How long can this go on?

According to Zero Hedge, somewhere between 10 months and four years:

As we showed last week,
the rate at which NIM goes negative and the above feedback loops begins
would be at approximately 4.5% on December 31, 2013. The “breakeven”
rate unleashing the inflationary cycle would then decline by about 1%
each year assuming the Fed’s balance sheet continues rising at a pace of
$1 trillion per year.

So the good news for all those who have been wondering just how much
longer the Fed can continue doing more of the same while providing a
free lunch for all is that we now know there is a temporal bound: the
longer the Fed does nothing to change the status quo, the lower its
“rate buffer.”

Of course, there is a resolution: the Fed simply begins to sell its
assets, and in doing so, destroys the reserves created when said assets
were onboarded on the Fed’s balance sheet. But there lies the rub:
because the second the Fed enters open deleveraging mode, everyone will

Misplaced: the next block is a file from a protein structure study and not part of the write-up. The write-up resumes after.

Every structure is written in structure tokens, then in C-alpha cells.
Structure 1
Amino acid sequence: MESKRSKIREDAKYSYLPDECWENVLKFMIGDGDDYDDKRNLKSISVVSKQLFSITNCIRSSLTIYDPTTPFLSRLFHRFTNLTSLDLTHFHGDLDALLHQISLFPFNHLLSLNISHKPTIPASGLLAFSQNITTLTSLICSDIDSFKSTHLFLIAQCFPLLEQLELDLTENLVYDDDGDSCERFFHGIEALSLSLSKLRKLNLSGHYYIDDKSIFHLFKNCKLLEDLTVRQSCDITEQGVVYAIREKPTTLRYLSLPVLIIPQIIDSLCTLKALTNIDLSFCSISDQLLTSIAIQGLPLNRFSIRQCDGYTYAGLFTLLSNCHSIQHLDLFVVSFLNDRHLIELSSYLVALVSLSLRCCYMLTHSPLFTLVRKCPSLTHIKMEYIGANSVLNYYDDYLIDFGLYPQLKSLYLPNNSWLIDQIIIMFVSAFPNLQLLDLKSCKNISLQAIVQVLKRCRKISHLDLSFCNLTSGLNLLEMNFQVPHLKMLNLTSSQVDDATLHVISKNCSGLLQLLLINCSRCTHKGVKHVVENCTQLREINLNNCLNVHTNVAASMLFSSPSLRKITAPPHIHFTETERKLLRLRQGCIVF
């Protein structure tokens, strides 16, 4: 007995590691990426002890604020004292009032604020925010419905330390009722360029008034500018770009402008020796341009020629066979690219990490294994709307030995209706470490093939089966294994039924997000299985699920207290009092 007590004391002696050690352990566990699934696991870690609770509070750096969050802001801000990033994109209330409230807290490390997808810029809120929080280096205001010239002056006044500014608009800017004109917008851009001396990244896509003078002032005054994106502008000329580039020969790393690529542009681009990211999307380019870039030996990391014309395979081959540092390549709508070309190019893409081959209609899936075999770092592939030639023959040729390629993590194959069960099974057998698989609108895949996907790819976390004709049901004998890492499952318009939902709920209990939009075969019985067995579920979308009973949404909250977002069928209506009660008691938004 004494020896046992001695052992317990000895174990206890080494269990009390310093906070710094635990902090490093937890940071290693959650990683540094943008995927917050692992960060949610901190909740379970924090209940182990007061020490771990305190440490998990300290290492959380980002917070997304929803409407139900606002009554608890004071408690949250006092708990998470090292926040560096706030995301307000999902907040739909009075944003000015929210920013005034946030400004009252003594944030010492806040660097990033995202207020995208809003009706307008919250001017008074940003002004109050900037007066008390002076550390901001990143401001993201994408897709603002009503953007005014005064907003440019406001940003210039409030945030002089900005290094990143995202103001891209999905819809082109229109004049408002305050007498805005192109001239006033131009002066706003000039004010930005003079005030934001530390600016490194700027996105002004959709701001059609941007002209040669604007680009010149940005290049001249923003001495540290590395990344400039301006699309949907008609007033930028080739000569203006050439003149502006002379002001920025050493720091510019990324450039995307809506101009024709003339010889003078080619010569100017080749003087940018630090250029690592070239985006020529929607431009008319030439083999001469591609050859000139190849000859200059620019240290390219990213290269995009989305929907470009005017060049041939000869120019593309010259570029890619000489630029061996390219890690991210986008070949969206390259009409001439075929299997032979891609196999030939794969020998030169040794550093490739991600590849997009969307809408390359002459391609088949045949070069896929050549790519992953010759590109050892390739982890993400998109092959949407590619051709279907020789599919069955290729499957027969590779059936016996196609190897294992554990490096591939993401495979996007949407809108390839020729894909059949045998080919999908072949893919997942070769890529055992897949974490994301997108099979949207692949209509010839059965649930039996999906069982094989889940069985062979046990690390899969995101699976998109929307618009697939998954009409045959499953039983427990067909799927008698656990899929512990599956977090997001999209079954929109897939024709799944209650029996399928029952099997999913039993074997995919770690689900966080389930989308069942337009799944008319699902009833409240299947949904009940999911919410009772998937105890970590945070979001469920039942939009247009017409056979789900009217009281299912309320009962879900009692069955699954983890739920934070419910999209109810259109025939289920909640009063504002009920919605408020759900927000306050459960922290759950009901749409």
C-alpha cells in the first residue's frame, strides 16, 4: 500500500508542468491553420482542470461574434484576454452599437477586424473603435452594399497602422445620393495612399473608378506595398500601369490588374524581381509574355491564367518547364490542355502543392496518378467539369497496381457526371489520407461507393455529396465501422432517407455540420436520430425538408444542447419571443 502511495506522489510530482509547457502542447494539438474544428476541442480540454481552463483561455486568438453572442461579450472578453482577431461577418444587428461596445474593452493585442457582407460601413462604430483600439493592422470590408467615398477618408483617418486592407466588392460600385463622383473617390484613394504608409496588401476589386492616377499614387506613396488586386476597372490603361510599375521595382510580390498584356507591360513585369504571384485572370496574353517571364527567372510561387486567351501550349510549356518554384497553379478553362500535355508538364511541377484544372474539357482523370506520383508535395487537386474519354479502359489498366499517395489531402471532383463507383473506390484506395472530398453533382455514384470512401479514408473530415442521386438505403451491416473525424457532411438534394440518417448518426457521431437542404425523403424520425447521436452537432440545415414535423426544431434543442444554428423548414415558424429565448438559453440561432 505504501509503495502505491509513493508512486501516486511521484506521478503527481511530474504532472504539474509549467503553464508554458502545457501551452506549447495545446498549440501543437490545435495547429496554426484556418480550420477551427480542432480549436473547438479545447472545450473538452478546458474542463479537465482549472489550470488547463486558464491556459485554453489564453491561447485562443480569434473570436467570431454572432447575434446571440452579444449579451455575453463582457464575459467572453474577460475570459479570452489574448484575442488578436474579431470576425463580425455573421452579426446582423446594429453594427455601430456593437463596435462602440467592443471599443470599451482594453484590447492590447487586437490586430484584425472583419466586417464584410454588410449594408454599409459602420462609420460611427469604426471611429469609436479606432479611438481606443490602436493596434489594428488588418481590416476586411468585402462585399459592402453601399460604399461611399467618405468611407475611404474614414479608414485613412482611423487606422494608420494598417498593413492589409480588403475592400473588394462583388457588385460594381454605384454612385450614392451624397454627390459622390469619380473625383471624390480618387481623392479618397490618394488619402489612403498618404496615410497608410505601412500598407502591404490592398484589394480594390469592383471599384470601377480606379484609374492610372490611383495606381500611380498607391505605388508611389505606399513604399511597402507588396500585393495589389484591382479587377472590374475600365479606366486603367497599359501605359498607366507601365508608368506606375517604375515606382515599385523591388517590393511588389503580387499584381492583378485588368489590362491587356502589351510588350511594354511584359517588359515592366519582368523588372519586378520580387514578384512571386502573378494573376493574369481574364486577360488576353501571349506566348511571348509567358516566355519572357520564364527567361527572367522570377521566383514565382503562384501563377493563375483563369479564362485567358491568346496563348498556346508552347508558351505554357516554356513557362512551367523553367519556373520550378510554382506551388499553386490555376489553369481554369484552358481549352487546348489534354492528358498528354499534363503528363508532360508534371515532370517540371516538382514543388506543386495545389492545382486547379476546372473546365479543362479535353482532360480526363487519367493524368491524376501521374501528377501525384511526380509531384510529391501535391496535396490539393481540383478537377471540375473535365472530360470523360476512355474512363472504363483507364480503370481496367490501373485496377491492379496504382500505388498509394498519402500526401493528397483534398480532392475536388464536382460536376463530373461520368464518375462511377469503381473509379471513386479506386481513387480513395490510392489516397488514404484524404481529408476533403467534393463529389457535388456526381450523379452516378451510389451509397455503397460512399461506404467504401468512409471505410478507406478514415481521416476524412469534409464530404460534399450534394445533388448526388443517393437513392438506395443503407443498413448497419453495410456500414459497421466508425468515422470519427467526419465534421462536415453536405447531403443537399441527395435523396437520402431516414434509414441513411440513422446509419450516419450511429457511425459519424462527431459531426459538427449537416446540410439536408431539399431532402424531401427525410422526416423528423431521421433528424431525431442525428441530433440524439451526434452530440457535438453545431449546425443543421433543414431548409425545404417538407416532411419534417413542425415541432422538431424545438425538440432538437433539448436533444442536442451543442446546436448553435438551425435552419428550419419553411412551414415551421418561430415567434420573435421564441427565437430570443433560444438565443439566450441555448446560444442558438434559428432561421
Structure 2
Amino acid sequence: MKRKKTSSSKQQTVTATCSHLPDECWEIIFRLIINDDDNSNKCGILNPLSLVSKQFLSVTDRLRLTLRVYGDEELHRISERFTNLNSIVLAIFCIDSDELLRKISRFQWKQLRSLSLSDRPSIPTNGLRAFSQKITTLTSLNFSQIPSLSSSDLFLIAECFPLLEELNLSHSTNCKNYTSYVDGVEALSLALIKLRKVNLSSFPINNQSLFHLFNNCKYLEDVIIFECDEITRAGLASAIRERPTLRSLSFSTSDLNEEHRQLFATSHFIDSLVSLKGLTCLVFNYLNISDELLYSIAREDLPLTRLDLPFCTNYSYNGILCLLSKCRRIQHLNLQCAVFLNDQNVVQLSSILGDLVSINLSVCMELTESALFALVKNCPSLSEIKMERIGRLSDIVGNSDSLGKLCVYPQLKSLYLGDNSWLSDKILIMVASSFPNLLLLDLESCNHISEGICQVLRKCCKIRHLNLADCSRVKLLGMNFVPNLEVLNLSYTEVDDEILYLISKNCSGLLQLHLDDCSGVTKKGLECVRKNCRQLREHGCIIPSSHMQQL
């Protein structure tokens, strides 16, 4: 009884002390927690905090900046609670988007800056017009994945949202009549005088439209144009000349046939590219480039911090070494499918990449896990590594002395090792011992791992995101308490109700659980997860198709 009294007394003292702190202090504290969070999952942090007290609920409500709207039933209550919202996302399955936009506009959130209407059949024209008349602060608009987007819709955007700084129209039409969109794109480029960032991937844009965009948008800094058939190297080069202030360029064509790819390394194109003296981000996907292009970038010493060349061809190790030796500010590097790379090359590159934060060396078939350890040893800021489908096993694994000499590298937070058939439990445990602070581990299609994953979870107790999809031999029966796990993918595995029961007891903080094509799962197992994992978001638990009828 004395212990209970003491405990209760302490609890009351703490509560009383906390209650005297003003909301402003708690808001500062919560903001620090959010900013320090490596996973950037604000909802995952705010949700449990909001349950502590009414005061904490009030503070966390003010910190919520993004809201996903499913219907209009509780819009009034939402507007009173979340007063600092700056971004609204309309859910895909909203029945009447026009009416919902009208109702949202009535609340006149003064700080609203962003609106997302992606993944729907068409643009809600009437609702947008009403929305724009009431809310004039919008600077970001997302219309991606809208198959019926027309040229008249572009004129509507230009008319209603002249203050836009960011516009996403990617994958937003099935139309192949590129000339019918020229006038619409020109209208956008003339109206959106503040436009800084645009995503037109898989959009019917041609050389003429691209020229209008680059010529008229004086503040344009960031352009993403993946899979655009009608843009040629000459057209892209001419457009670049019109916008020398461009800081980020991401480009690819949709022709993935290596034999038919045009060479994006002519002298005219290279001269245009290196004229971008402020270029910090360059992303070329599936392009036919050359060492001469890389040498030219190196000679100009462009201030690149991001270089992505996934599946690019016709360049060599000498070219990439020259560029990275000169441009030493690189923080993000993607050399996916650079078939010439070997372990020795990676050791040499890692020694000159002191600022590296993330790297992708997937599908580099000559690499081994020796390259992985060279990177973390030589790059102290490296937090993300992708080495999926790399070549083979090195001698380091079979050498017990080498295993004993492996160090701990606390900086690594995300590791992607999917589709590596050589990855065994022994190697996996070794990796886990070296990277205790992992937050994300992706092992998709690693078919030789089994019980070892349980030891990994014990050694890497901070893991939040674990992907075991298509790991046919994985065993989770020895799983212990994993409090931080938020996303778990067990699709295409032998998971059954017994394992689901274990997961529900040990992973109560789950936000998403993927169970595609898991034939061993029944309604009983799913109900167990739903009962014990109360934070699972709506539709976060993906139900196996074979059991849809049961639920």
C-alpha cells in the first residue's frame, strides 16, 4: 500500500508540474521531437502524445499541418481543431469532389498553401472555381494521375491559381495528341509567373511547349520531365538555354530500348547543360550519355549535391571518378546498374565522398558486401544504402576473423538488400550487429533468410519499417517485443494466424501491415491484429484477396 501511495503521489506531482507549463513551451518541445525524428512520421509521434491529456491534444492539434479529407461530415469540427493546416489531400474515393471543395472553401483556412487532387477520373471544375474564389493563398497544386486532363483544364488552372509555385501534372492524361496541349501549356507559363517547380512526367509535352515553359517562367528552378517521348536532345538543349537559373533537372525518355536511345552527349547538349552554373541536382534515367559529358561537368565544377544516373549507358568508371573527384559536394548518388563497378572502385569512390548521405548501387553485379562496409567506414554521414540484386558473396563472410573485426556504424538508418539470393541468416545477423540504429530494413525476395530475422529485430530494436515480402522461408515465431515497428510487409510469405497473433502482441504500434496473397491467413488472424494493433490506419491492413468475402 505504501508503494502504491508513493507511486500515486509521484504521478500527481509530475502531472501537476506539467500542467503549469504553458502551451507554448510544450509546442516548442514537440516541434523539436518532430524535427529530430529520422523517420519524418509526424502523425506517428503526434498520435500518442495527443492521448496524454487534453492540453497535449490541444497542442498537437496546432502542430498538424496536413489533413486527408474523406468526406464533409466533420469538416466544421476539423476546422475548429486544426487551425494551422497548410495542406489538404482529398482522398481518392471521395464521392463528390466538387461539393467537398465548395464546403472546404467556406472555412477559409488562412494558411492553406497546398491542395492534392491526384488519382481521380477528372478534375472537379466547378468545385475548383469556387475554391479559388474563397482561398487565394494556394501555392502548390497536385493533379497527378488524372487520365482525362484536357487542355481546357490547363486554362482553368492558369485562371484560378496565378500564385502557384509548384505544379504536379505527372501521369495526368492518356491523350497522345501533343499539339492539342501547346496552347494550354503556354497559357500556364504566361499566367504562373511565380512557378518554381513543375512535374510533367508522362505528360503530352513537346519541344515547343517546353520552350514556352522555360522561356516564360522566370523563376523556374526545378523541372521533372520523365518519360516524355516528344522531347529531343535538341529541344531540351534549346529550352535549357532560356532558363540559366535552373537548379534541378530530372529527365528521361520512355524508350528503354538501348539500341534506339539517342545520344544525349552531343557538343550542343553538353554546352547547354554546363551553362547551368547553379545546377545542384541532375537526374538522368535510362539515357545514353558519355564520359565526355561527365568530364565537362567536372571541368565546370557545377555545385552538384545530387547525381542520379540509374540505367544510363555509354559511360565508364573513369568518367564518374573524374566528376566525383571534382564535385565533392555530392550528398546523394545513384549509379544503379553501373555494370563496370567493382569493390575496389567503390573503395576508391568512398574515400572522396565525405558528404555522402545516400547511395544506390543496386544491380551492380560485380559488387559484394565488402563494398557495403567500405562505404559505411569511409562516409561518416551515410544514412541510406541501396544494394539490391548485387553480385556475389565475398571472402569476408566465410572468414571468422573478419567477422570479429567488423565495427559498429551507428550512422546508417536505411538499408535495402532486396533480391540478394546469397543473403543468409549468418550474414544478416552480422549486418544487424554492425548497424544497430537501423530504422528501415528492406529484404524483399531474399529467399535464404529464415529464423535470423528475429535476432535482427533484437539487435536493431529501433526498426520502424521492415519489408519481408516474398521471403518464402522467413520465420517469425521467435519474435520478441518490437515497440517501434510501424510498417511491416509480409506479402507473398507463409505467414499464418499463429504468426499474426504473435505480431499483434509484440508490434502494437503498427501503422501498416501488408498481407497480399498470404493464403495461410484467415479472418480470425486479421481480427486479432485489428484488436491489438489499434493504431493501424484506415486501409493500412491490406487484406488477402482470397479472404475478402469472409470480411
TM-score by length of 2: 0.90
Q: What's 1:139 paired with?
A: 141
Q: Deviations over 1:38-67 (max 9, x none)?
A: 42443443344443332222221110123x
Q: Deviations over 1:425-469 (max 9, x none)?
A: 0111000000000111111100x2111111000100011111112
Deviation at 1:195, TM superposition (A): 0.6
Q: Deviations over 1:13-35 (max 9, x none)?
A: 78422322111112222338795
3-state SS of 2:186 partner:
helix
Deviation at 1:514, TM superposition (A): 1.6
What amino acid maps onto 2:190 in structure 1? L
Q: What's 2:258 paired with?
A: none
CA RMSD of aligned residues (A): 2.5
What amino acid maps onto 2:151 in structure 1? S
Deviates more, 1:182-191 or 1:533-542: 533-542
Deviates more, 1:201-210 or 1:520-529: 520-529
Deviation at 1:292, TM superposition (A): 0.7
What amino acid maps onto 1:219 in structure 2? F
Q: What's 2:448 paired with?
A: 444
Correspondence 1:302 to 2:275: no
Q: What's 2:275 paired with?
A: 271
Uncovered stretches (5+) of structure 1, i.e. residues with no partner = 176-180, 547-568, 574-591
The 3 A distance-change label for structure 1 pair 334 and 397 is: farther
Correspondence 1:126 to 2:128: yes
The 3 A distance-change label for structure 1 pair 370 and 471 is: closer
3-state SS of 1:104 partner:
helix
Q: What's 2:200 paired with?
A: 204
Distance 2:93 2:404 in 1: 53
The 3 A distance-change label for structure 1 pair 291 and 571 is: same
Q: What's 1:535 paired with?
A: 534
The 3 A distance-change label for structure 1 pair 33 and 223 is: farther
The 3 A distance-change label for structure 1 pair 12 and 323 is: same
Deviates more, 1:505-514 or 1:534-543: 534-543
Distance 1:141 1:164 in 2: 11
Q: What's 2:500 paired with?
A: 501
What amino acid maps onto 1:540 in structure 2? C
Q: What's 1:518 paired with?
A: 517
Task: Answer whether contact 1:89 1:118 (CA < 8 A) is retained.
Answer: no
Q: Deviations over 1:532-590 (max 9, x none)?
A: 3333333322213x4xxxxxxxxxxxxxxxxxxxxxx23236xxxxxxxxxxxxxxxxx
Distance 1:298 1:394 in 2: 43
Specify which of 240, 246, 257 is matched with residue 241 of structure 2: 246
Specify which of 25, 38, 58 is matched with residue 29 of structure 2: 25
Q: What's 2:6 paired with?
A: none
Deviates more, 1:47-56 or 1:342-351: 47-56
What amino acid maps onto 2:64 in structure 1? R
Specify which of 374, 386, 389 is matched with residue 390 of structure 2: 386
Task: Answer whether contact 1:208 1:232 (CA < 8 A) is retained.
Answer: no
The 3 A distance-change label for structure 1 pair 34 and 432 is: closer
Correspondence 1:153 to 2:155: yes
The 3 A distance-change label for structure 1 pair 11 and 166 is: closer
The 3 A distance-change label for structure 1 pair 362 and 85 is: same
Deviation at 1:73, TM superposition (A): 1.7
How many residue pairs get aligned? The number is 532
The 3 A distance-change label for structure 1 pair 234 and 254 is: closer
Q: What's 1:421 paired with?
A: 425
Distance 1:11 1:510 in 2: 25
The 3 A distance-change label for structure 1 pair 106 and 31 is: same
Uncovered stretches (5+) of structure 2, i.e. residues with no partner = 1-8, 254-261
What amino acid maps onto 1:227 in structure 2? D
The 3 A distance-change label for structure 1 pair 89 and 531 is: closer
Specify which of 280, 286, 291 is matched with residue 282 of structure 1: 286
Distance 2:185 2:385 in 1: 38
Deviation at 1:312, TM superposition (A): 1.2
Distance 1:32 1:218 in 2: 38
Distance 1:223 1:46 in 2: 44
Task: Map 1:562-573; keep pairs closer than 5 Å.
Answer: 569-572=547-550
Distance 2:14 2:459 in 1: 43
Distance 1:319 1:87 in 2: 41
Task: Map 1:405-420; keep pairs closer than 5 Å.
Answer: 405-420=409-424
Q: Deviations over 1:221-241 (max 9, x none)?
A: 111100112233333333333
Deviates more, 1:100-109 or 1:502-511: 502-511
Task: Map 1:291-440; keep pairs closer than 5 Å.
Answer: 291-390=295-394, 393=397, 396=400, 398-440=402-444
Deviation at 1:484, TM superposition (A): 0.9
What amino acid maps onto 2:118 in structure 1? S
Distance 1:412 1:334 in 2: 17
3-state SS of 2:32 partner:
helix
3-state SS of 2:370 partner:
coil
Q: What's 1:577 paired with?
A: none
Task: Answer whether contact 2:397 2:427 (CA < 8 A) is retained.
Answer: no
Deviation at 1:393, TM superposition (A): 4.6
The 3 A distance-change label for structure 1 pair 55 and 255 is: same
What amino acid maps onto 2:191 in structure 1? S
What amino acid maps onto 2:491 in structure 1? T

sell everything they can to lock in the profits generated from the past
4+ years of Fed balance sheet expansion. Furthermore, at that moment,
the market will begin pricing in the unwind of some or all of the $15
trillion in central bank liquidity which is the only reason the S&P
is where it is today. The result would be a market crash so epic it
would make the market response to Lehman and AIG’s failure seem like a
walk in the park by comparison.

Which is where you come in dear retail investor, and the
whole myth of the “Great Rotation.” Because unless there is someone who
will start providing a bid into which the banks can offload their
securities in exchange for cold hard cash, as was explained earlier,
the entire stock market ramp of the past 4 years will have been for
nothing. It is also why day in and day out the media bombards everyone,
as it has in the beginning of every year for the past three, that the
time to enter the market is now, and there has never been a better time
(ignoring that the market is now more expensive on a forward multiple basis than it was at the last market peak in 2007). 

What concerns me is that the Federal Reserve and its figureheads appear to have given up on the repeated “green shoots” announcements and shifted into half-hearted “it’s not our fault” mode.  This makes me suspect that the implosion date will be closer to 10 months than four years.  I don’t think it will be hyperinflationary, as will soon be discussed in detail, in part due to the nature of the financial system, but also because it should be perfectly clear that the Federal Reserve is not going to sacrifice itself and the interests of its owners for the economy or for the federal government.